A Fable is probably the most ambitious, although not the most successful, work of one of the twentieth century’s most ambitious novelists. By juxtaposing elements of the Passion of Christ against a story of trench mutiny in World War I, William Faulkner attempts to combine two very different types of narrative: an allegorical “fable” and a realistic narrative of war, politics, and personal relationships.
Most of the similarities to Christ’s life and death are clear. The Corporal, who was born in a stable and is thirty-three years old, leads a mutinous group of twelve followers, and the events surrounding his capture and execution suggest the Passion: One disciple betrays him for money, another denies him three times; the followers have a “Last Supper”; the Corporal is executed between two thieves in a manner that suggests Christ’s crucifixion; he acquires a crown of thorns; he is mourned by women who resemble Mary Magdalene and Mary; and his body vanishes three days after burial. It is necessary, however, to remember that A Fable is not the Passion retold in modern dress. Faulkner does not simply update or interpret Christian myth: He alters it. Therefore, any attempt to come to terms with A Fable must consider the unique, personal vision that Faulkner presents in his book.
Some critics have faulted the novel on the grounds that the Corporal’s personality is insufficiently developed. It is true that he is not strongly individualized, but to present the character in greater detail would risk either the creation of a purely symbolic figure or one too humanized to maintain the Christ parallel. Instead, the Corporal remains a silent, mysterious embodiment of humankind’s spiritual side; the concrete presentation of his significance is entrusted to other characters. The most important thing is that, for all the biblical allusions, the Corporal is not the chosen Son of God but is definitely a son of man—specifically of the Marshal—and the thematic center of the novel is dramatized in the conflict between the Corporal and his father-Marshal antagonist. In the novel’s most powerful and important scene, the final confrontation is between the two men, who represent two inimical conditions.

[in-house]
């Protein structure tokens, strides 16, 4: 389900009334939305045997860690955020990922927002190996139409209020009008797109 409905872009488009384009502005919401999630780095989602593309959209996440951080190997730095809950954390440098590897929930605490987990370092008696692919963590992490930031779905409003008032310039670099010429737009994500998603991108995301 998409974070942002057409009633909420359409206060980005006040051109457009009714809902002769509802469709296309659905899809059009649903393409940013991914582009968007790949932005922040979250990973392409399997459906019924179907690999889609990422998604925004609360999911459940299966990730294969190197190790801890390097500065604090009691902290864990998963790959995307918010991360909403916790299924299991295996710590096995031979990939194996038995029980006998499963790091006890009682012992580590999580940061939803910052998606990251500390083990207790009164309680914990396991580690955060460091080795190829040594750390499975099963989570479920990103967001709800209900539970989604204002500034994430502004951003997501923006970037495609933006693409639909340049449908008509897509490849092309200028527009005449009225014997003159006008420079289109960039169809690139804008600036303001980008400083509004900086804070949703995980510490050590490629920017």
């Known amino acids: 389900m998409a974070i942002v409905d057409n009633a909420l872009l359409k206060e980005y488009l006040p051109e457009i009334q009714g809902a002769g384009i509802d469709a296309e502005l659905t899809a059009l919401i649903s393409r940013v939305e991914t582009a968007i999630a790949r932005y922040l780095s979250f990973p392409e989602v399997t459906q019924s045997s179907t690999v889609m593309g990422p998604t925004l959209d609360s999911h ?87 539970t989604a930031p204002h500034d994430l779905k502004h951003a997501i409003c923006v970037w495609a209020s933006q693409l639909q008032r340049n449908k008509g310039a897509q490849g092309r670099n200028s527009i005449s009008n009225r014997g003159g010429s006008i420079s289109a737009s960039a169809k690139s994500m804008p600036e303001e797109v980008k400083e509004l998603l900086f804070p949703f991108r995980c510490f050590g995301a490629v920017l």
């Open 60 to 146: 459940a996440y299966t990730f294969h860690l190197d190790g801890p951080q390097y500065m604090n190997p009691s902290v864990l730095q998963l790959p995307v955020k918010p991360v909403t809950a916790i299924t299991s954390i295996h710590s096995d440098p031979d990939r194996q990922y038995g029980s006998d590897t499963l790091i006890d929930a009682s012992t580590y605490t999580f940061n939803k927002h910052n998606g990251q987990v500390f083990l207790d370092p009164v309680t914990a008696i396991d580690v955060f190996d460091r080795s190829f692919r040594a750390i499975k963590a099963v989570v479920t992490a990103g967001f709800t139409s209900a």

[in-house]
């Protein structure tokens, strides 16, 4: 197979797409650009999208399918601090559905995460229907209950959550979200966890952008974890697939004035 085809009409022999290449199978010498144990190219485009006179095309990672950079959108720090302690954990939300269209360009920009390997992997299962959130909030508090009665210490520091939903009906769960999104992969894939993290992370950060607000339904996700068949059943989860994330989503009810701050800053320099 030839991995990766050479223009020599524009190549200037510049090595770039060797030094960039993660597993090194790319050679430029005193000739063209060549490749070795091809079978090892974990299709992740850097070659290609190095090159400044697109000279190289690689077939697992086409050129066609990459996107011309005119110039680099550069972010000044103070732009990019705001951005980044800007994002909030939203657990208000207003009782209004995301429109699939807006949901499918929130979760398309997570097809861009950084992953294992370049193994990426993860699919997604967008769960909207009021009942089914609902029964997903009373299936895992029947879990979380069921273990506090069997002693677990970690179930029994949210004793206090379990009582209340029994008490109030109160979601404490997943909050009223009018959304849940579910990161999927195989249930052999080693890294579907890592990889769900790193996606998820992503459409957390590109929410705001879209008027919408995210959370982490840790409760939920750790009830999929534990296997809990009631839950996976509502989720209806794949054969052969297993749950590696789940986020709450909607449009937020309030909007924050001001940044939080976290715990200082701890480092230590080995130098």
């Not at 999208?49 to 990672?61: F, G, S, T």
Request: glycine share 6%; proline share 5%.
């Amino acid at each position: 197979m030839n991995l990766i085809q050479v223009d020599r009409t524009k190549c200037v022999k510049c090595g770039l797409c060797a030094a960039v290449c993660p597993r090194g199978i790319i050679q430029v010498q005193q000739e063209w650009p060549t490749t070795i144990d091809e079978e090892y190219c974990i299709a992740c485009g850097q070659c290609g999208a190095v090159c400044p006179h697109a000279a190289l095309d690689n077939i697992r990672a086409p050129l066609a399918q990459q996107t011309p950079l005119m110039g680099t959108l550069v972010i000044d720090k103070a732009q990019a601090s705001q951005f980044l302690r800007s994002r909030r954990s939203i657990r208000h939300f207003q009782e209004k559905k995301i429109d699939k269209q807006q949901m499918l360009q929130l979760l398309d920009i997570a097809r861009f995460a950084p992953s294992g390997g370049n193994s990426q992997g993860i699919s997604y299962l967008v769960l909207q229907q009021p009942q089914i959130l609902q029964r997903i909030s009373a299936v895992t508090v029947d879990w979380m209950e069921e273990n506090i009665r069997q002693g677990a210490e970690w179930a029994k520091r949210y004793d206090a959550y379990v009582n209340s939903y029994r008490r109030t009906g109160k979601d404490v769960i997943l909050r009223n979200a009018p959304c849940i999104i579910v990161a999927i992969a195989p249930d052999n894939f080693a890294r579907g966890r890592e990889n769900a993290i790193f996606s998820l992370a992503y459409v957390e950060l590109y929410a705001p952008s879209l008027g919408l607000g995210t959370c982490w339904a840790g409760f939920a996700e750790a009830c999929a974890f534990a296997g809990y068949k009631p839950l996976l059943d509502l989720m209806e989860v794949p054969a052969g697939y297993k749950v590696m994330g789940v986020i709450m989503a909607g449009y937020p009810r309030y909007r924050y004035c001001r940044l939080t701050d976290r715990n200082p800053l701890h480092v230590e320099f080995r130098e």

Thus, A Fable is not really about one’s relationship to God, or to society, but to oneself. Each character stands for one aspect of the human personality, and the conflict between them can be seen in several ways: child versus father, youth versus age, idealist versus realist, common person versus authority, heart versus mind. In short, the major conflict of the book is, in the words of Faulkner’s Nobel Prize speech, “the human heart in conflict with itself”—the basic human dualism, which is the major theme of Faulkner’s late fiction.
The Corporal is the shadowy incarnation of humanity’s spiritual side, but the Marshal, both in his symbolic and his realistic functions, is a much more vivid and complicated character. On the literal level, he is the supreme commander of the Allied armies in France. He masterminds the Allies’ successful military counterstrategy. Symbolically, he is the primary representative of secular power; the Marshal represents everything in human society that denies personal autonomy and spiritual freedom. Any attempt to pin down the Marshal’s symbolic...
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